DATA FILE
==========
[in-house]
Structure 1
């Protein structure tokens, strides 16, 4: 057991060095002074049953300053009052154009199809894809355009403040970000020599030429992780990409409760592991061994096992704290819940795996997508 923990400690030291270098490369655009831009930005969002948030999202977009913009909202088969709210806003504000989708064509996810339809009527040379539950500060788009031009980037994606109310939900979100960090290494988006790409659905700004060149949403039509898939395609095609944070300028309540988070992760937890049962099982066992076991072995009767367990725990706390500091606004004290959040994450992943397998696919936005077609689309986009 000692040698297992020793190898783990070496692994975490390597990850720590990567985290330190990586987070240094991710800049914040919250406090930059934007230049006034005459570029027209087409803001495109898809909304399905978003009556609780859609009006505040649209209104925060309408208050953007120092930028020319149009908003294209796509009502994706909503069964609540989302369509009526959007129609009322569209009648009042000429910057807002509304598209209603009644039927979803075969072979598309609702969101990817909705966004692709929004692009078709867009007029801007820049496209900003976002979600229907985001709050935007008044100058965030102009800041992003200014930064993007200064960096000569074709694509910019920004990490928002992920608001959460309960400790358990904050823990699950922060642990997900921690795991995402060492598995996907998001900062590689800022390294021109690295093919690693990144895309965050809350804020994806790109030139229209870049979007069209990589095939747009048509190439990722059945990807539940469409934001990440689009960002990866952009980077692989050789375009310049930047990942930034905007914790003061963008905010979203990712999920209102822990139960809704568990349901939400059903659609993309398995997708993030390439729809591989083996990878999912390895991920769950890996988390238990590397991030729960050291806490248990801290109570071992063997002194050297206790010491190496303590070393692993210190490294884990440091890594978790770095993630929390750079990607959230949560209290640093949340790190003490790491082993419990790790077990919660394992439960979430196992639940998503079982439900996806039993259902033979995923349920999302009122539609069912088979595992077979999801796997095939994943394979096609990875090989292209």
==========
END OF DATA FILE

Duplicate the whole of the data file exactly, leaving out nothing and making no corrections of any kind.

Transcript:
[in-house]
Structure 1
């Protein structure tokens, strides 16, 4: 057991060095002074049953300053009052154009199809894809355009403040970000020599030429992780990409409760592991061994096992704290819940795996997508 923990400690030291270098490369655009831009930005969002948030999202977009913009909202088969709210806003504000989708064509996810339809009527040379539950500060788009031009980037994606109310939900979100960090290494988006790409659905700004060149949403039509898939395609095609944070300028309540988070992760937890049962099982066992076991072995009767367990725990706390500091606004004290959040994450992943397998696919936005077609689309986009 000692040698297992020793190898783990070496692994975490390597990850720590990567985290330190990586987070240094991710800049914040919250406090930059934007230049006034005459570029027209087409803001495109898809909304399905978003009556609780859609009006505040649209209104925060309408208050953007120092930028020319149009908003294209796509009502994706909503069964609540989302369509009526959007129609009322569209009648009042000429910057807002509304598209209603009644039927979803075969072979598309609702969101990817909705966004692709929004692009078709867009007029801007820049496209900003976002979600229907985001709050935007008044100058965030102009800041992003200014930064993007200064960096000569074709694509910019920004990490928002992920608001959460309960400790358990904050823990699950922060642990997900921690795991995402060492598995996907998001900062590689800022390294021109690295093919690693990144895309965050809350804020994806790109030139229209870049979007069209990589095939747009048509190439990722059945990807539940469409934001990440689009960002990866952009980077692989050789375009310049930047990942930034905007914790003061963008905010979203990712999920209102822990139960809704568990349901939400059903659609993309398995997708993030390439729809591989083996990878999912390895991920769950890996988390238990590397991030729960050291806490248990801290109570071992063997002194050297206790010491190496303590070393692993210190490294884990440091890594978790770095993630929390750079990607959230949560209290640093949340790190003490790491082993419990790790077990919660394992439960979430196992639940998503079982439900996806039993259902033979995923349920999302009122539609069912088979595992077979999801796997095939994943394979096609990875090989292209």